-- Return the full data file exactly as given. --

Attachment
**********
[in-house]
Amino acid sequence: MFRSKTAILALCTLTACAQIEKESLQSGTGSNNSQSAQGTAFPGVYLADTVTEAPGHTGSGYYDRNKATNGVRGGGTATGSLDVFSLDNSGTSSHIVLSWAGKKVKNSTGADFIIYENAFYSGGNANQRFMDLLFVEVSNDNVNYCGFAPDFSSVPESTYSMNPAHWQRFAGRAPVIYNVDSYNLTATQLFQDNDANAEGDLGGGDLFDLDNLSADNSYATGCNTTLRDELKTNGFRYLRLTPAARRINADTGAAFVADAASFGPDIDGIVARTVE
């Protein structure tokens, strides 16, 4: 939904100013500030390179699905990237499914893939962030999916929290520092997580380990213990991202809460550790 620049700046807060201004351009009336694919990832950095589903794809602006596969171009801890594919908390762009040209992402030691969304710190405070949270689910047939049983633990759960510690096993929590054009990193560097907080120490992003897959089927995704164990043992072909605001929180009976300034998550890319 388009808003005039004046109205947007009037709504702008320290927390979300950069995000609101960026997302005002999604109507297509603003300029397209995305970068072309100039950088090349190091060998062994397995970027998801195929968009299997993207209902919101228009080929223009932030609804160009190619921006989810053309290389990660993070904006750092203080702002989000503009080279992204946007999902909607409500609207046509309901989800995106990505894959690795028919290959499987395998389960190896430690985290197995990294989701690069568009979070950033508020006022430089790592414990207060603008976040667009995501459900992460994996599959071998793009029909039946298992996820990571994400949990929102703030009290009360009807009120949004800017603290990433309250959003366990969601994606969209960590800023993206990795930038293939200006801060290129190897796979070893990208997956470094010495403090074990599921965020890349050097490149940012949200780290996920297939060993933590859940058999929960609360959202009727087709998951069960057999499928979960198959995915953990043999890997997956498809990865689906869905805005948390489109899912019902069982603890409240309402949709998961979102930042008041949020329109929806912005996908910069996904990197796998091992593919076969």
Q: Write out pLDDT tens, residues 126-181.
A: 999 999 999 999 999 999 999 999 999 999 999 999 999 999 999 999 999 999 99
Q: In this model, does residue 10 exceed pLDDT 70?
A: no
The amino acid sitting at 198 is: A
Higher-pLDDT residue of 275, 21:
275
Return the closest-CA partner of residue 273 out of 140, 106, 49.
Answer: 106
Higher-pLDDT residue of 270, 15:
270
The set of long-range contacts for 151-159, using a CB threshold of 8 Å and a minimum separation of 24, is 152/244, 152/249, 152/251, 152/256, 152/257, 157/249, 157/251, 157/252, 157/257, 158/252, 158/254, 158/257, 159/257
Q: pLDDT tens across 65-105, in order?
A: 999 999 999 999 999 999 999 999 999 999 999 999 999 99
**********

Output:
[in-house]
Amino acid sequence: MFRSKTAILALCTLTACAQIEKESLQSGTGSNNSQSAQGTAFPGVYLADTVTEAPGHTGSGYYDRNKATNGVRGGGTATGSLDVFSLDNSGTSSHIVLSWAGKKVKNSTGADFIIYENAFYSGGNANQRFMDLLFVEVSNDNVNYCGFAPDFSSVPESTYSMNPAHWQRFAGRAPVIYNVDSYNLTATQLFQDNDANAEGDLGGGDLFDLDNLSADNSYATGCNTTLRDELKTNGFRYLRLTPAARRINADTGAAFVADAASFGPDIDGIVARTVE
């Protein structure tokens, strides 16, 4: 939904100013500030390179699905990237499914893939962030999916929290520092997580380990213990991202809460550790 620049700046807060201004351009009336694919990832950095589903794809602006596969171009801890594919908390762009040209992402030691969304710190405070949270689910047939049983633990759960510690096993929590054009990193560097907080120490992003897959089927995704164990043992072909605001929180009976300034998550890319 388009808003005039004046109205947007009037709504702008320290927390979300950069995000609101960026997302005002999604109507297509603003300029397209995305970068072309100039950088090349190091060998062994397995970027998801195929968009299997993207209902919101228009080929223009932030609804160009190619921006989810053309290389990660993070904006750092203080702002989000503009080279992204946007999902909607409500609207046509309901989800995106990505894959690795028919290959499987395998389960190896430690985290197995990294989701690069568009979070950033508020006022430089790592414990207060603008976040667009995501459900992460994996599959071998793009029909039946298992996820990571994400949990929102703030009290009360009807009120949004800017603290990433309250959003366990969601994606969209960590800023993206990795930038293939200006801060290129190897796979070893990208997956470094010495403090074990599921965020890349050097490149940012949200780290996920297939060993933590859940058999929960609360959202009727087709998951069960057999499928979960198959995915953990043999890997997956498809990865689906869905805005948390489109899912019902069982603890409240309402949709998961979102930042008041949020329109929806912005996908910069996904990197796998091992593919076969």
Q: Write out pLDDT tens, residues 126-181.
A: 999 999 999 999 999 999 999 999 999 999 999 999 999 999 999 999 999 999 99
Q: In this model, does residue 10 exceed pLDDT 70?
A: no
The amino acid sitting at 198 is: A
Higher-pLDDT residue of 275, 21:
275
Return the closest-CA partner of residue 273 out of 140, 106, 49.
Answer: 106
Higher-pLDDT residue of 270, 15:
270
The set of long-range contacts for 151-159, using a CB threshold of 8 Å and a minimum separation of 24, is 152/244, 152/249, 152/251, 152/256, 152/257, 157/249, 157/251, 157/252, 157/257, 158/252, 158/254, 158/257, 159/257
Q: pLDDT tens across 65-105, in order?
A: 999 999 999 999 999 999 999 999 999 999 999 999 999 99